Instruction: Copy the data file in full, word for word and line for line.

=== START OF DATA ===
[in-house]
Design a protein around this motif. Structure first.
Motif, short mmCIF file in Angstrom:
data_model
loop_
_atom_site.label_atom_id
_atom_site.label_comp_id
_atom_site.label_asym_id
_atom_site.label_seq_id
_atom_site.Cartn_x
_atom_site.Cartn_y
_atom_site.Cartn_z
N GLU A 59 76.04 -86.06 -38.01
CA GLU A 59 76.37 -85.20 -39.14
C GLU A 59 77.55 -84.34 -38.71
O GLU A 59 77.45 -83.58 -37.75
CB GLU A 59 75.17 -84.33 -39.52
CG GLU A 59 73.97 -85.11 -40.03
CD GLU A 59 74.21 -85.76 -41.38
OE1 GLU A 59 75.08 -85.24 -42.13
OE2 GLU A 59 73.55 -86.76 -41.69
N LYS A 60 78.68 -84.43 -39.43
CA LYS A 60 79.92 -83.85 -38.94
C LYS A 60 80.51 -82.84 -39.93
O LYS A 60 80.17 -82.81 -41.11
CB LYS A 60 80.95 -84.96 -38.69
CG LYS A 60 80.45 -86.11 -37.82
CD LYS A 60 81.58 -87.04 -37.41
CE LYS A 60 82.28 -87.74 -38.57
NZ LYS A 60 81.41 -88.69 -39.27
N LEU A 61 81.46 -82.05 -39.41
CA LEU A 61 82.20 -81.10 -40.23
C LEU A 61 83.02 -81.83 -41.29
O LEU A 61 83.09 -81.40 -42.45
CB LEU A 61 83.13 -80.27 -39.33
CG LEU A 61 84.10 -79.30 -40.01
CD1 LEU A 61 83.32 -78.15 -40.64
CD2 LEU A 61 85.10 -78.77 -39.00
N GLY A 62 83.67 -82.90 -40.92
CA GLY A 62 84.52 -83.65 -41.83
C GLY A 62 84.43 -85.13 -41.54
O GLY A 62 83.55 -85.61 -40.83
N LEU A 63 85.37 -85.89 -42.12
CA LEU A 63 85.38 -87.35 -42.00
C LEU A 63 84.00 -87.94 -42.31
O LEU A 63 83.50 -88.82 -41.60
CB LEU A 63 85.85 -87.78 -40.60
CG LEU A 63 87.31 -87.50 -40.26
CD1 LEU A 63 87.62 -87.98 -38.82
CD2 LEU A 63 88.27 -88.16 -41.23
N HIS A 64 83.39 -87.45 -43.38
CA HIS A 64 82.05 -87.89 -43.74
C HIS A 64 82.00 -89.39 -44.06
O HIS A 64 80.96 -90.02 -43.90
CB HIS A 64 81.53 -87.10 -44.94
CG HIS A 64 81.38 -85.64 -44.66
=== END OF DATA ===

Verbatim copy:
[in-house]
Design a protein around this motif. Structure first.
Motif, short mmCIF file in Angstrom:
data_model
loop_
_atom_site.label_atom_id
_atom_site.label_comp_id
_atom_site.label_asym_id
_atom_site.label_seq_id
_atom_site.Cartn_x
_atom_site.Cartn_y
_atom_site.Cartn_z
N GLU A 59 76.04 -86.06 -38.01
CA GLU A 59 76.37 -85.20 -39.14
C GLU A 59 77.55 -84.34 -38.71
O GLU A 59 77.45 -83.58 -37.75
CB GLU A 59 75.17 -84.33 -39.52
CG GLU A 59 73.97 -85.11 -40.03
CD GLU A 59 74.21 -85.76 -41.38
OE1 GLU A 59 75.08 -85.24 -42.13
OE2 GLU A 59 73.55 -86.76 -41.69
N LYS A 60 78.68 -84.43 -39.43
CA LYS A 60 79.92 -83.85 -38.94
C LYS A 60 80.51 -82.84 -39.93
O LYS A 60 80.17 -82.81 -41.11
CB LYS A 60 80.95 -84.96 -38.69
CG LYS A 60 80.45 -86.11 -37.82
CD LYS A 60 81.58 -87.04 -37.41
CE LYS A 60 82.28 -87.74 -38.57
NZ LYS A 60 81.41 -88.69 -39.27
N LEU A 61 81.46 -82.05 -39.41
CA LEU A 61 82.20 -81.10 -40.23
C LEU A 61 83.02 -81.83 -41.29
O LEU A 61 83.09 -81.40 -42.45
CB LEU A 61 83.13 -80.27 -39.33
CG LEU A 61 84.10 -79.30 -40.01
CD1 LEU A 61 83.32 -78.15 -40.64
CD2 LEU A 61 85.10 -78.77 -39.00
N GLY A 62 83.67 -82.90 -40.92
CA GLY A 62 84.52 -83.65 -41.83
C GLY A 62 84.43 -85.13 -41.54
O GLY A 62 83.55 -85.61 -40.83
N LEU A 63 85.37 -85.89 -42.12
CA LEU A 63 85.38 -87.35 -42.00
C LEU A 63 84.00 -87.94 -42.31
O LEU A 63 83.50 -88.82 -41.60
CB LEU A 63 85.85 -87.78 -40.60
CG LEU A 63 87.31 -87.50 -40.26
CD1 LEU A 63 87.62 -87.98 -38.82
CD2 LEU A 63 88.27 -88.16 -41.23
N HIS A 64 83.39 -87.45 -43.38
CA HIS A 64 82.05 -87.89 -43.74
C HIS A 64 82.00 -89.39 -44.06
O HIS A 64 80.96 -90.02 -43.90
CB HIS A 64 81.53 -87.10 -44.94
CG HIS A 64 81.38 -85.64 -44.66